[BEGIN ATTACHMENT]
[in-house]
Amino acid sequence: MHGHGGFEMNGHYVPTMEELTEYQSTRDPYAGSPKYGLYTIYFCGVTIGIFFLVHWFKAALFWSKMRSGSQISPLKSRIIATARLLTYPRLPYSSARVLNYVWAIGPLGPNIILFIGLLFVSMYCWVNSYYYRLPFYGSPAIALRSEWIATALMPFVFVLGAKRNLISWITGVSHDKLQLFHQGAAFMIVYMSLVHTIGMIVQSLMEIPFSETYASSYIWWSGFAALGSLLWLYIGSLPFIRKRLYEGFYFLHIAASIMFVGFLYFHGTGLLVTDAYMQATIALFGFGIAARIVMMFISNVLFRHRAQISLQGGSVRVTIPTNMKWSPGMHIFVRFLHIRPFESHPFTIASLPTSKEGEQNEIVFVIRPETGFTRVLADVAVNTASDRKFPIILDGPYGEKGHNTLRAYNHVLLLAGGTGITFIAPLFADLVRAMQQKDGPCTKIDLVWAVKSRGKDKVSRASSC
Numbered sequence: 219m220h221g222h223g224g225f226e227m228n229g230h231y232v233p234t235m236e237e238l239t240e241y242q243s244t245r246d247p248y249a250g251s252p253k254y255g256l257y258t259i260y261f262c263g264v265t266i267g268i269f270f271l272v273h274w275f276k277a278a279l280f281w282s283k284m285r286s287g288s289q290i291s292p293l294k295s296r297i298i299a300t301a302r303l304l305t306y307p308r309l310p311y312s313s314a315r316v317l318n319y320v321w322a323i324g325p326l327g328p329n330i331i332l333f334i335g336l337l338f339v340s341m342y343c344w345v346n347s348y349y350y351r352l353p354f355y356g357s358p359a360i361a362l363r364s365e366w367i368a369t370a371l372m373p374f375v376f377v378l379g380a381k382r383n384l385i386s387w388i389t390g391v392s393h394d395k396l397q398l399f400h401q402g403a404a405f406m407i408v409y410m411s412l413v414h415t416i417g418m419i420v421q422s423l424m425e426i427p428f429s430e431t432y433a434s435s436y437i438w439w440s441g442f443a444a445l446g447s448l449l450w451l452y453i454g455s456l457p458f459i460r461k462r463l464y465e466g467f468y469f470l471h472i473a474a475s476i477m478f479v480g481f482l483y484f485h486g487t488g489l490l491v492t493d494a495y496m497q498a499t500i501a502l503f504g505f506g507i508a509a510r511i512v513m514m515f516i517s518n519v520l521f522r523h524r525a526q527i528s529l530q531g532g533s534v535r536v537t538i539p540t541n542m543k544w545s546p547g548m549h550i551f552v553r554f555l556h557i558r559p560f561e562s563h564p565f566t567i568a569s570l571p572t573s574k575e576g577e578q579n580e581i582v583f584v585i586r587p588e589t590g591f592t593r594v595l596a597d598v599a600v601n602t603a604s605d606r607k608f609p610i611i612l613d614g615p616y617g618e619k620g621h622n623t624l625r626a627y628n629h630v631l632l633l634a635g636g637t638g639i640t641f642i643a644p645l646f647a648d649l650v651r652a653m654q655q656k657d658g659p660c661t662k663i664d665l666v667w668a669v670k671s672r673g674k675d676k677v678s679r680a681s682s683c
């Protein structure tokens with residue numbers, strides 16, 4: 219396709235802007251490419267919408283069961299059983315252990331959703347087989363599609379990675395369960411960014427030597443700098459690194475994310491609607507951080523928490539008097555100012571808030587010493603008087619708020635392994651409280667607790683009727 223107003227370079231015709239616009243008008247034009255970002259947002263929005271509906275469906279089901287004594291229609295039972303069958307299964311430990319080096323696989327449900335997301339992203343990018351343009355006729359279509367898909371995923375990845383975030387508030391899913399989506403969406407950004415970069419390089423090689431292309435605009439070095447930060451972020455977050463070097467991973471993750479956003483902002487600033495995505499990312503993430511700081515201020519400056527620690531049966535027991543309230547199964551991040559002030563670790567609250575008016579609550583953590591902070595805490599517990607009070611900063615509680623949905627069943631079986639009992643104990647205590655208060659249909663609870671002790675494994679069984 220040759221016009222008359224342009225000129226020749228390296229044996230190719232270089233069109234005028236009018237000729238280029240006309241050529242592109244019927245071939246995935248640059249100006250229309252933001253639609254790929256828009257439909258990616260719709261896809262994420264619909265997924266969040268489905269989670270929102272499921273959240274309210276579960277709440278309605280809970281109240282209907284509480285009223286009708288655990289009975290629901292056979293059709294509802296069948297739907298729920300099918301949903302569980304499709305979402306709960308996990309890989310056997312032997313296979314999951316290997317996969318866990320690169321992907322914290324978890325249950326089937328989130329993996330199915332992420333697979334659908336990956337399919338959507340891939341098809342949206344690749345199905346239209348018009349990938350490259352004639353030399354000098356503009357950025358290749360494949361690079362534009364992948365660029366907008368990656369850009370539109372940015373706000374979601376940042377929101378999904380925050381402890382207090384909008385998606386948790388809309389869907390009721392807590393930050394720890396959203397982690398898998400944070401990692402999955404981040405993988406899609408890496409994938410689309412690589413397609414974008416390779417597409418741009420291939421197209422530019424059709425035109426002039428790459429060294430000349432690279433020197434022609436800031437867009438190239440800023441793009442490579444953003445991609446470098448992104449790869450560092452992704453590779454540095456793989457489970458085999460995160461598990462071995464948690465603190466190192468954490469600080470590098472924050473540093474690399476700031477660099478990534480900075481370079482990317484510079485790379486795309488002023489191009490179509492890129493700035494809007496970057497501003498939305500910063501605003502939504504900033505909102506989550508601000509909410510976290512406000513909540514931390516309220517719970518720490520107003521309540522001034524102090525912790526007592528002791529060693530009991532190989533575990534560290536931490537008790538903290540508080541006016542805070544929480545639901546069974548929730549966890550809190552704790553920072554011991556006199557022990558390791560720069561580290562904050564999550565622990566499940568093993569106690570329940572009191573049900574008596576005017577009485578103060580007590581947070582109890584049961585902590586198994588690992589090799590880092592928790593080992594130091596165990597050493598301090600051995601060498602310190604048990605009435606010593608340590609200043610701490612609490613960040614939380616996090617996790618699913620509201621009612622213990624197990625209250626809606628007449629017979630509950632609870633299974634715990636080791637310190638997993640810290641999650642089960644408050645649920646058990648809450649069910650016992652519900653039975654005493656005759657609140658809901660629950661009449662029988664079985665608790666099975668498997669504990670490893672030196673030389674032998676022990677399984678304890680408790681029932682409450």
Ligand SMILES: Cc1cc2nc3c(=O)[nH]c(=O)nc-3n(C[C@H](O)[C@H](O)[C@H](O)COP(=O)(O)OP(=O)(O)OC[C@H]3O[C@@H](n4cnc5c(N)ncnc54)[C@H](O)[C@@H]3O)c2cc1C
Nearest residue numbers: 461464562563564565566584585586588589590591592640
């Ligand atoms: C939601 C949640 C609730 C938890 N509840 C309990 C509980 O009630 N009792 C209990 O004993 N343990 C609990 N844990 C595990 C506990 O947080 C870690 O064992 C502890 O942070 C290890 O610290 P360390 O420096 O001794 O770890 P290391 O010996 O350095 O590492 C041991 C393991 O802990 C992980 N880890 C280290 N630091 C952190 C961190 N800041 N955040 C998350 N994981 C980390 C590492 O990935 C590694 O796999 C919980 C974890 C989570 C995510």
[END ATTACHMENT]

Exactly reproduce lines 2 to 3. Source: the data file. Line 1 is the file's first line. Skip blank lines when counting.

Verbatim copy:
Amino acid sequence: MHGHGGFEMNGHYVPTMEELTEYQSTRDPYAGSPKYGLYTIYFCGVTIGIFFLVHWFKAALFWSKMRSGSQISPLKSRIIATARLLTYPRLPYSSARVLNYVWAIGPLGPNIILFIGLLFVSMYCWVNSYYYRLPFYGSPAIALRSEWIATALMPFVFVLGAKRNLISWITGVSHDKLQLFHQGAAFMIVYMSLVHTIGMIVQSLMEIPFSETYASSYIWWSGFAALGSLLWLYIGSLPFIRKRLYEGFYFLHIAASIMFVGFLYFHGTGLLVTDAYMQATIALFGFGIAARIVMMFISNVLFRHRAQISLQGGSVRVTIPTNMKWSPGMHIFVRFLHIRPFESHPFTIASLPTSKEGEQNEIVFVIRPETGFTRVLADVAVNTASDRKFPIILDGPYGEKGHNTLRAYNHVLLLAGGTGITFIAPLFADLVRAMQQKDGPCTKIDLVWAVKSRGKDKVSRASSC
Numbered sequence: 219m220h221g222h223g224g225f226e227m228n229g230h231y232v233p234t235m236e237e238l239t240e241y242q243s244t245r246d247p248y249a250g251s252p253k254y255g256l257y258t259i260y261f262c263g264v265t266i267g268i269f270f271l272v273h274w275f276k277a278a279l280f281w282s283k284m285r286s287g288s289q290i291s292p293l294k295s296r297i298i299a300t301a302r303l304l305t306y307p308r309l310p311y312s313s314a315r316v317l318n319y320v321w322a323i324g325p326l327g328p329n330i331i332l333f334i335g336l337l338f339v340s341m342y343c344w345v346n347s348y349y350y351r352l353p354f355y356g357s358p359a360i361a362l363r364s365e366w367i368a369t370a371l372m373p374f375v376f377v378l379g380a381k382r383n384l385i386s387w388i389t390g391v392s393h394d395k396l397q398l399f400h401q402g403a404a405f406m407i408v409y410m411s412l413v414h415t416i417g418m419i420v421q422s423l424m425e426i427p428f429s430e431t432y433a434s435s436y437i438w439w440s441g442f443a444a445l446g447s448l449l450w451l452y453i454g455s456l457p458f459i460r461k462r463l464y465e466g467f468y469f470l471h472i473a474a475s476i477m478f479v480g481f482l483y484f485h486g487t488g489l490l491v492t493d494a495y496m497q498a499t500i501a502l503f504g505f506g507i508a509a510r511i512v513m514m515f516i517s518n519v520l521f522r523h524r525a526q527i528s529l530q531g532g533s534v535r536v537t538i539p540t541n542m543k544w545s546p547g548m549h550i551f552v553r554f555l556h557i558r559p560f561e562s563h564p565f566t567i568a569s570l571p572t573s574k575e576g577e578q579n580e581i582v583f584v585i586r587p588e589t590g591f592t593r594v595l596a597d598v599a600v601n602t603a604s605d606r607k608f609p610i611i612l613d614g615p616y617g618e619k620g621h622n623t624l625r626a627y628n629h630v631l632l633l634a635g636g637t638g639i640t641f642i643a644p645l646f647a648d649l650v651r652a653m654q655q656k657d658g659p660c661t662k663i664d665l666v667w668a669v670k671s672r673g674k675d676k677v678s679r680a681s682s683c